· Safe Harbour for Youth underway
The GOAL of the Saint John Poverty Reduction Strategy is to reduce Saint John’s poverty rate to the national average (15%) by 2015.
Our low income or priority neighbourhoods – (South End, Lower West Side, Old North End, Crescent Valley and Waterloo Village) - have experienced a great many changes over the last number of years. Residents are engaged and working together with schools, university, government, community agencies, community police and business partners. Neighbourhood Associations are in place with access to resources, thanks to the City of Saint John and other partners. Tenant Associations exist in a number of neighbourhoods (thanks to support from the Provincial Department of Social Development) and all work closely with Neighbourhood Associations. Smaller neighbourhood groups are also growing in response to this momentum as illustrated in Anglin Drive. While we have more work to do, all of these partnerships contribute to safer, more accessible places to live.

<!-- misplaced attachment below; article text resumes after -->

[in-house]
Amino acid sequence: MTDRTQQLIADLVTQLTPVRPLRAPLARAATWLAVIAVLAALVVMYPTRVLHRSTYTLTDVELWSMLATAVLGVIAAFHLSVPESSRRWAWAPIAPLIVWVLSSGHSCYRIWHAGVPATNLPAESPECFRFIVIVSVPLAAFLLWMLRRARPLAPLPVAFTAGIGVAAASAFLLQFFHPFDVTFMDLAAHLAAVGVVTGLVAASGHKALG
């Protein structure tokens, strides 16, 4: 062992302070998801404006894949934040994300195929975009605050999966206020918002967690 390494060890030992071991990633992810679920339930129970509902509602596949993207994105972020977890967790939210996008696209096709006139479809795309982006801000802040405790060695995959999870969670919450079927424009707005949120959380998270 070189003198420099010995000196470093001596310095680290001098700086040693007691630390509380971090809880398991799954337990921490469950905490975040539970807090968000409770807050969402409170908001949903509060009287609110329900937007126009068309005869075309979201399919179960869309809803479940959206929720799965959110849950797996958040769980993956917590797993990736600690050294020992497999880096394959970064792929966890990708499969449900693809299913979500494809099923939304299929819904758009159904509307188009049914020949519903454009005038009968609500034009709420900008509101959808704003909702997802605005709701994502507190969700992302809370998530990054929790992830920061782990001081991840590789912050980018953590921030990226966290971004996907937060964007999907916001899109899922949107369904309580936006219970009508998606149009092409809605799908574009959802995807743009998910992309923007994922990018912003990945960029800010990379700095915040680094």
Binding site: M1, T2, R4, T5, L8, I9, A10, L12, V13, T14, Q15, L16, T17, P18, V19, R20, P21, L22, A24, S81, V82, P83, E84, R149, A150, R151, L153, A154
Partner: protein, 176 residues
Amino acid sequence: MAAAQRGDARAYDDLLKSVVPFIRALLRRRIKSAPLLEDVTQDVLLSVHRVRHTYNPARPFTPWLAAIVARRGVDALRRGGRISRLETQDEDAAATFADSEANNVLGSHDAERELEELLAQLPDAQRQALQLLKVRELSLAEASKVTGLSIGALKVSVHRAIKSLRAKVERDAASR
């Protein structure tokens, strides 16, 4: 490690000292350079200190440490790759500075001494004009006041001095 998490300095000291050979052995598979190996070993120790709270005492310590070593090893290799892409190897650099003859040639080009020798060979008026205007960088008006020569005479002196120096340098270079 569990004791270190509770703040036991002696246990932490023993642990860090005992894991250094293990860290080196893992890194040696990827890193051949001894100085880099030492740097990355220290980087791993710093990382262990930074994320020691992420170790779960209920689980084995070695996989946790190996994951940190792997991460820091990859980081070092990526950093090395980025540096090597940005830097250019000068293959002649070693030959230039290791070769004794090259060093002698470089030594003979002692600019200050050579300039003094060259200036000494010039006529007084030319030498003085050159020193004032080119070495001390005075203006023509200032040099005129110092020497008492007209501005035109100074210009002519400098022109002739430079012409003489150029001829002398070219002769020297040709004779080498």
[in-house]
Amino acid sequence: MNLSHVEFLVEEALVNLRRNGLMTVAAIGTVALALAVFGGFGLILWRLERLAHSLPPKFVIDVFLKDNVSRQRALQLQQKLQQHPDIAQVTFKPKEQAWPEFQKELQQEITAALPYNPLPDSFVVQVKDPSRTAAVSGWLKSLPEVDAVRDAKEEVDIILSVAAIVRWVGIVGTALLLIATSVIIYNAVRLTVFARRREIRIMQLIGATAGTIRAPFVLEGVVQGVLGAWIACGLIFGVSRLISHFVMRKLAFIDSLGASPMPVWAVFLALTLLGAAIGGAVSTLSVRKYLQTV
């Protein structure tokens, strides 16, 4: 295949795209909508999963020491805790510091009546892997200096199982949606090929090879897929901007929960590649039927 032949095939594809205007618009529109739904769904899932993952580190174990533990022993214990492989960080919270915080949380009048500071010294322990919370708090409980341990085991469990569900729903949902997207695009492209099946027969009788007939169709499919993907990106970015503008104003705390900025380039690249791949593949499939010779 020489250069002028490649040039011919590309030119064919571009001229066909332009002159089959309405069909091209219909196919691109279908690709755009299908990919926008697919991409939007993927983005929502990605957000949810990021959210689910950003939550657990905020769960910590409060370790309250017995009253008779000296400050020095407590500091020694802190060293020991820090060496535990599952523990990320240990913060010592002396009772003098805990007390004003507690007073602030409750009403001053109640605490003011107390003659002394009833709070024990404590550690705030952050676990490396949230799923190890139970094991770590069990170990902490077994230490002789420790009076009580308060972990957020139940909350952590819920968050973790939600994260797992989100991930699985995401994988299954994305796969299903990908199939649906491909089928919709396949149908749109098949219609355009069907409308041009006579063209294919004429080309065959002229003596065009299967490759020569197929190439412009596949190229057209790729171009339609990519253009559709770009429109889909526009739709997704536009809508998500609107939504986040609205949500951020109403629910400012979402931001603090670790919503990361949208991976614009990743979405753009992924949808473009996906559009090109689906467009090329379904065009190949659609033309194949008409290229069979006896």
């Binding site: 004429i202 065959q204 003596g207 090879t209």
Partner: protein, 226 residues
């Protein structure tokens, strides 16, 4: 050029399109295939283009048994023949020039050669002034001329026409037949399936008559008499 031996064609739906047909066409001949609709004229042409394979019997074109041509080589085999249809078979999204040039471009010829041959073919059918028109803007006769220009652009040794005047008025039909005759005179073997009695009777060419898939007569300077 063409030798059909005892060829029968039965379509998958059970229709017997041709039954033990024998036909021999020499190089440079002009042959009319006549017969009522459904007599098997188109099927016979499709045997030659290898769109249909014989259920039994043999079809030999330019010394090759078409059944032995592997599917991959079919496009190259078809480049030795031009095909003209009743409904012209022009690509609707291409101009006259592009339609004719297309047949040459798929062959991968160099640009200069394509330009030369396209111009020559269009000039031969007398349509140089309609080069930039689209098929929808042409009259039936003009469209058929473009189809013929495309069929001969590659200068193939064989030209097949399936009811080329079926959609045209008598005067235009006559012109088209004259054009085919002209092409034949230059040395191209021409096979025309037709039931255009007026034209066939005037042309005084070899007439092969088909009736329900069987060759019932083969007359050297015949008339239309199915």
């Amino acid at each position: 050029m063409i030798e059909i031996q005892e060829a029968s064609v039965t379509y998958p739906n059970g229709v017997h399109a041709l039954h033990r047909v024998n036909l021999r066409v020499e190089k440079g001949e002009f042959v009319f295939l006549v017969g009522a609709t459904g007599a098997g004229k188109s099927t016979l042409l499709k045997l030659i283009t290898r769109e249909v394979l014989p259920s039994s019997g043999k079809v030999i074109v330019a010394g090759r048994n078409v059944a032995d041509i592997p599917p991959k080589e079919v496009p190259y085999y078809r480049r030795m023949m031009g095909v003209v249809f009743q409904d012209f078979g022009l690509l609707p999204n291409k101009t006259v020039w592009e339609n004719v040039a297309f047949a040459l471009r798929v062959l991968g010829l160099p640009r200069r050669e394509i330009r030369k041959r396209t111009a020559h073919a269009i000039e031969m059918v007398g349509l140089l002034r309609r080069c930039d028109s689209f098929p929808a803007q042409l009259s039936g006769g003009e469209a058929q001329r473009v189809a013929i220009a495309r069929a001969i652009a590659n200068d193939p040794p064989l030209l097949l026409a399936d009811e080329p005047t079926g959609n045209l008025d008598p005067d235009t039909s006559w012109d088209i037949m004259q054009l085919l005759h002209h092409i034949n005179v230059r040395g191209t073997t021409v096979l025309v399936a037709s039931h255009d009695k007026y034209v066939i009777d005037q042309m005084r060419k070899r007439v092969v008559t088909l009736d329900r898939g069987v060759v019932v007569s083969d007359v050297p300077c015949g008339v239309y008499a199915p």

Most neighbourhoods have community plans that were developed together with community partners. The plans have led to many changes in the neighbourhoods, including Spring Clean Ups, traffic changes, enhanced safety and more programming for children and youth. The plans have also encouraged neighbourhoods to take on new initiatives such as ONE Change (Old North End) assuming responsibility for a soon to be open renovated community centre or another example, with Crescent Valley and their Caring for the Environment Recycling program.
A number of health services offered by Public Health, Community Health Centre and VON are now delivered within neighbourhoods. The Wellness Centre at Carleton Community Centre, Crescent Valley Resource Centre, PULSE in the South End, Hope Centre in East Saint John and in the Old North End are all contributing to healthier neighbourhoods.
VCSJ staff work closely with different neighbourhood associations offering planning, engagement and other supports. A number of initiatives in the Greater Saint John Poverty Reduction Strategy involve all neighbourhoods whether it is the promotion of the Canada Learning Bond; establishment of early learning parent and child programs, or addressing transportation concerns.